Is it an entrepreneur’s natural ability that allows them to succeed or is it a set of learned skills that stem from education and practice?
In this context, we define talent to be an individual’s innate ability to do something well whereas skills are work or activities done well due to practice.
Entrepreneurship as a talent
Some argue that entrepreneurs are born, not made.
Gallup discusses research that has established significant relationships between entrepreneurial talents such as “need for achievement, risk propensity, passion, creativity, autonomy and self-efficacy” and entrepreneurial outcomes. For example, researchers at the University of Giessen found that self-efficacy has a high correlation with start-up creation and success. Moreover, entrepreneurs who are risk takers are more likely to thrive in uncertainty and complexity.
Gallup assessed 2,500 US entrepreneurs and found that higher levels of entrepreneurial talent (referenced above) indicated business success. As more talented entrepreneurs compared to their less talented counterparts are:
- “three times more likely to build large businesses and to grow them significantly
- four times more likely to create jobs
- four times more likely to exceed profit goals
- five times more likely to exceed sales goals”
Further, the Guardian discussed that those with innate preferences for intuition and perceiving were significantly more likely to describe themselves as entrepreneurs. Meaning that entrepreneurs are more likely to:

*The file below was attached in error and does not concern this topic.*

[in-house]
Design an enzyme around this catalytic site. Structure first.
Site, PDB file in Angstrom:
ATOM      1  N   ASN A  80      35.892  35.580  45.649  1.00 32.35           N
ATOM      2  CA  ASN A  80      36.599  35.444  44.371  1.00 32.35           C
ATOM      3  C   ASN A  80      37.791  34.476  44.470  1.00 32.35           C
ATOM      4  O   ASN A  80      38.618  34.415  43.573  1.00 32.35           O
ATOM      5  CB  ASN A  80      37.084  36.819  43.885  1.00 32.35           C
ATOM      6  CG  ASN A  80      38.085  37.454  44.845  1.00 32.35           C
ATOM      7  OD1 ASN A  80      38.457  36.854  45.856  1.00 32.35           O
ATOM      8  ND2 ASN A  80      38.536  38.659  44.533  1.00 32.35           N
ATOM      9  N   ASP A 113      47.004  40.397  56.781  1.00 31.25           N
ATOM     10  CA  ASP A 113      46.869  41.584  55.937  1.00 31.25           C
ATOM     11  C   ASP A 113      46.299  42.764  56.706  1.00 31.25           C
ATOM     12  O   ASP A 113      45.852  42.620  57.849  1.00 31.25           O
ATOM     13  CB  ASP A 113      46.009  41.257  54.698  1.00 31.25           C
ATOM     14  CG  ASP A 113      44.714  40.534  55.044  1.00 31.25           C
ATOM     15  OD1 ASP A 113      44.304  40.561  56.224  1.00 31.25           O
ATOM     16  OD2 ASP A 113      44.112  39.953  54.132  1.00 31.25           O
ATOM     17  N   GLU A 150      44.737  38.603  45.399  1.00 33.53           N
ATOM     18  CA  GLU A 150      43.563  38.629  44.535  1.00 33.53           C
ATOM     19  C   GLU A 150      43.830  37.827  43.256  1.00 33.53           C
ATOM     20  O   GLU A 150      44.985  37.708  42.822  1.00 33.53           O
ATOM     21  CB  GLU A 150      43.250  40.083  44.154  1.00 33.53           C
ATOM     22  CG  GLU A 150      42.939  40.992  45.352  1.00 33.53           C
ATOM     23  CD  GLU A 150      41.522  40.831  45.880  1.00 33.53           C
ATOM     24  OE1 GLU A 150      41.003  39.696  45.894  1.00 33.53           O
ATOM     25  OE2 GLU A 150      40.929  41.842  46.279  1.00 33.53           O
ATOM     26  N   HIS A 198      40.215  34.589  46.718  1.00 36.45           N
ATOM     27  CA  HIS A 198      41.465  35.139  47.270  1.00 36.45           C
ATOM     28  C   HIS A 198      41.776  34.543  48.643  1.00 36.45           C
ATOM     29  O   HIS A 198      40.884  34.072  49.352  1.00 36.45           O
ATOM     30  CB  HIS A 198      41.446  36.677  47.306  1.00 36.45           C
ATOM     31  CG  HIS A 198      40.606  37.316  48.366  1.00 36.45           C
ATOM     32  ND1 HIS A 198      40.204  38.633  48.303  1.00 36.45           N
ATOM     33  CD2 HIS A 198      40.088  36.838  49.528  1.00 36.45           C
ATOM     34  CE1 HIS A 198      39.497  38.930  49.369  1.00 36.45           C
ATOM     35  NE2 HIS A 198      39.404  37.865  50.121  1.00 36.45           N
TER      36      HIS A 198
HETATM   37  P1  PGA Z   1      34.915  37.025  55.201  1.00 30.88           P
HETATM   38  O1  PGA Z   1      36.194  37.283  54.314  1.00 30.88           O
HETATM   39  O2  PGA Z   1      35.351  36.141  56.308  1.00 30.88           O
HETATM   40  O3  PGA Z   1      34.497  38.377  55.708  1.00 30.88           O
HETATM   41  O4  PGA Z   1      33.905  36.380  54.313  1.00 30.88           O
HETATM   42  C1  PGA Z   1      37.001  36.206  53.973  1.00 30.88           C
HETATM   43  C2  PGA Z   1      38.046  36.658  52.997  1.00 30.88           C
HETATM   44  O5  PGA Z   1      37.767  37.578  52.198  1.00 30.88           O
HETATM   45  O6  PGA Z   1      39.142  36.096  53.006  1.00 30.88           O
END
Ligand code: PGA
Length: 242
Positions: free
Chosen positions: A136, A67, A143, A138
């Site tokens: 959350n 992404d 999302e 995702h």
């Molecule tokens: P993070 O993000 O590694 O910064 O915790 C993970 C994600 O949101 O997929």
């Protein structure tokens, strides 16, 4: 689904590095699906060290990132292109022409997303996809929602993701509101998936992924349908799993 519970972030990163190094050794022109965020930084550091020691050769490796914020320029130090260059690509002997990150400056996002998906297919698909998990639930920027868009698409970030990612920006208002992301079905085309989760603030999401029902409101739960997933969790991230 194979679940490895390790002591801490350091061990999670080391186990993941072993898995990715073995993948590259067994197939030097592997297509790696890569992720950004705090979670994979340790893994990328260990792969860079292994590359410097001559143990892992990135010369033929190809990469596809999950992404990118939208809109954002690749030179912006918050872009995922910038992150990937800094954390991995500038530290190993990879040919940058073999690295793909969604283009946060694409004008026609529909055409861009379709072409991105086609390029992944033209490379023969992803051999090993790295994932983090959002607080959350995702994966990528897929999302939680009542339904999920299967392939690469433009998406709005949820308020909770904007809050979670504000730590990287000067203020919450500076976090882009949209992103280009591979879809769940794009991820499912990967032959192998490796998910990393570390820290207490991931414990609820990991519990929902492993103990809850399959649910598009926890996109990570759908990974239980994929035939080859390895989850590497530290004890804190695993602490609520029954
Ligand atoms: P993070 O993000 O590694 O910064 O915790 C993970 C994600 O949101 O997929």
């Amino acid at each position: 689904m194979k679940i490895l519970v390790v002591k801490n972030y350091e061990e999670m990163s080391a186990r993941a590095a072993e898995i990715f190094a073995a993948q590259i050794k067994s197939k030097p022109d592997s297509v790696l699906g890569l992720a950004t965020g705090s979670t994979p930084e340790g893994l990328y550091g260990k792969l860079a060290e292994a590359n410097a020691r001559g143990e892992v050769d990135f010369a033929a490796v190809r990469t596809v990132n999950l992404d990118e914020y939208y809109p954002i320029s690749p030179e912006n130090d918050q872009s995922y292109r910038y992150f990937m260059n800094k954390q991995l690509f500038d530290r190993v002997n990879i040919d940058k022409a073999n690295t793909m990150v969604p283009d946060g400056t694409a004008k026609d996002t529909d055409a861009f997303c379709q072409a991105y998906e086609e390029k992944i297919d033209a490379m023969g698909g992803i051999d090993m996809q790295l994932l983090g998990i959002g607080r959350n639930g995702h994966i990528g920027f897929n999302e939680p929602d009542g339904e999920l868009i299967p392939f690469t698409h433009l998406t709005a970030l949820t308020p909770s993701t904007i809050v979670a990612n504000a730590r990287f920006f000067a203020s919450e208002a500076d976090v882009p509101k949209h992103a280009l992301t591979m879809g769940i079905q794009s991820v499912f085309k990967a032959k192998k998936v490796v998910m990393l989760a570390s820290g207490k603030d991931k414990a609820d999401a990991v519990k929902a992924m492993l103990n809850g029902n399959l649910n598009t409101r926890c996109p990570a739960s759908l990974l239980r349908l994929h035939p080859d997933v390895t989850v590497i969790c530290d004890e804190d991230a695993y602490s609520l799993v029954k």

- “Focus on the future
- Trust hunches
- Enjoy novelty
- Leap rapidly between thoughts,”
However, the Guardian made the point that “every personality type can and does start businesses.”. No personality type would make up for external factors like a weak business plan, lack of capital and investment or producing the right product at the wrong time.
Entrepreneurship as a skill
Babson College promotes the view that “entrepreneurs… are not born. It’s a muscle that can be developed with time and practice”.
A recent article published by Forbes this year supports this view. They suggest that innovative thinking, experience and knowledge are crucial for entrepreneurs.
- Entrepreneurs learn how to think innovatively. They learn to see problems as opportunities and leverage new solutions. Creative Problem Solving (CPS) can be practised to rethink, clarify and address problems.
- Entrepreneurs learn from experience. They take mistakes and turn them into teachable moments.
- Knowledge is crucial for entrepreneurs. This is not an innate skill; it is acquired through education (formal or not). People seek out entrepreneurs due to their knowledge of their business area.
Overall, entrepreneurs may possess innate talents that enable them to deal well with complexity, and uncertainty, enjoy novelty and look toward the future. However, entrepreneurship is a skill which entrepreneurs are able to build through experience, accruing knowledge and practising CPS. Entrepreneurial education may therefore be a worthwhile investment, for future start-up founders and entrepreneurs looking to develop their skill sets.
Written by Anna Parker from Make Happy
Check out Jonathan Bannister profile from Make Happy
Anna has recently graduated from the University of Bristol having studied Psychology with Innovation.
She joined Make Happy in the summer, and her role involves content creation and aiding workshop facilitation.
In her spare time, she is a keen wild swimmer and enjoys cooking for friends and family.